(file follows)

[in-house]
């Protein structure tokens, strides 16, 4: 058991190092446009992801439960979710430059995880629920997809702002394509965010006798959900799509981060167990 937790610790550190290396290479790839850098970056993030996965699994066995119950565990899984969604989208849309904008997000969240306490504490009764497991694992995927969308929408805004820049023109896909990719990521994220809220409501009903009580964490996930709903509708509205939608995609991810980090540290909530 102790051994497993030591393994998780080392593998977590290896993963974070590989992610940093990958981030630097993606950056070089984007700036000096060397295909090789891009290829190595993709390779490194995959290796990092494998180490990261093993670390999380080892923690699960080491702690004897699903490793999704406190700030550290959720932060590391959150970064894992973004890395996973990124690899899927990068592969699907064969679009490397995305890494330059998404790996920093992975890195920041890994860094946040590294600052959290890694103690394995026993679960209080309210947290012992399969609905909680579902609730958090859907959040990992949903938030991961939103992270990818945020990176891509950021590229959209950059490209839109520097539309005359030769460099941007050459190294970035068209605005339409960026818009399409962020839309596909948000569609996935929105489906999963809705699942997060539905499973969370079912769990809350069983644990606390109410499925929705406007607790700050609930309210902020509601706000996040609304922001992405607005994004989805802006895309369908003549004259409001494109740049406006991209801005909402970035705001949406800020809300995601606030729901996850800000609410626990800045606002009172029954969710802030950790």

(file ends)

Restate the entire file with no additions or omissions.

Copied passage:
[in-house]
């Protein structure tokens, strides 16, 4: 058991190092446009992801439960979710430059995880629920997809702002394509965010006798959900799509981060167990 937790610790550190290396290479790839850098970056993030996965699994066995119950565990899984969604989208849309904008997000969240306490504490009764497991694992995927969308929408805004820049023109896909990719990521994220809220409501009903009580964490996930709903509708509205939608995609991810980090540290909530 102790051994497993030591393994998780080392593998977590290896993963974070590989992610940093990958981030630097993606950056070089984007700036000096060397295909090789891009290829190595993709390779490194995959290796990092494998180490990261093993670390999380080892923690699960080491702690004897699903490793999704406190700030550290959720932060590391959150970064894992973004890395996973990124690899899927990068592969699907064969679009490397995305890494330059998404790996920093992975890195920041890994860094946040590294600052959290890694103690394995026993679960209080309210947290012992399969609905909680579902609730958090859907959040990992949903938030991961939103992270990818945020990176891509950021590229959209950059490209839109520097539309005359030769460099941007050459190294970035068209605005339409960026818009399409962020839309596909948000569609996935929105489906999963809705699942997060539905499973969370079912769990809350069983644990606390109410499925929705406007607790700050609930309210902020509601706000996040609304922001992405607005994004989805802006895309369908003549004259409001494109740049406006991209801005909402970035705001949406800020809300995601606030729901996850800000609410626990800045606002009172029954969710802030950790």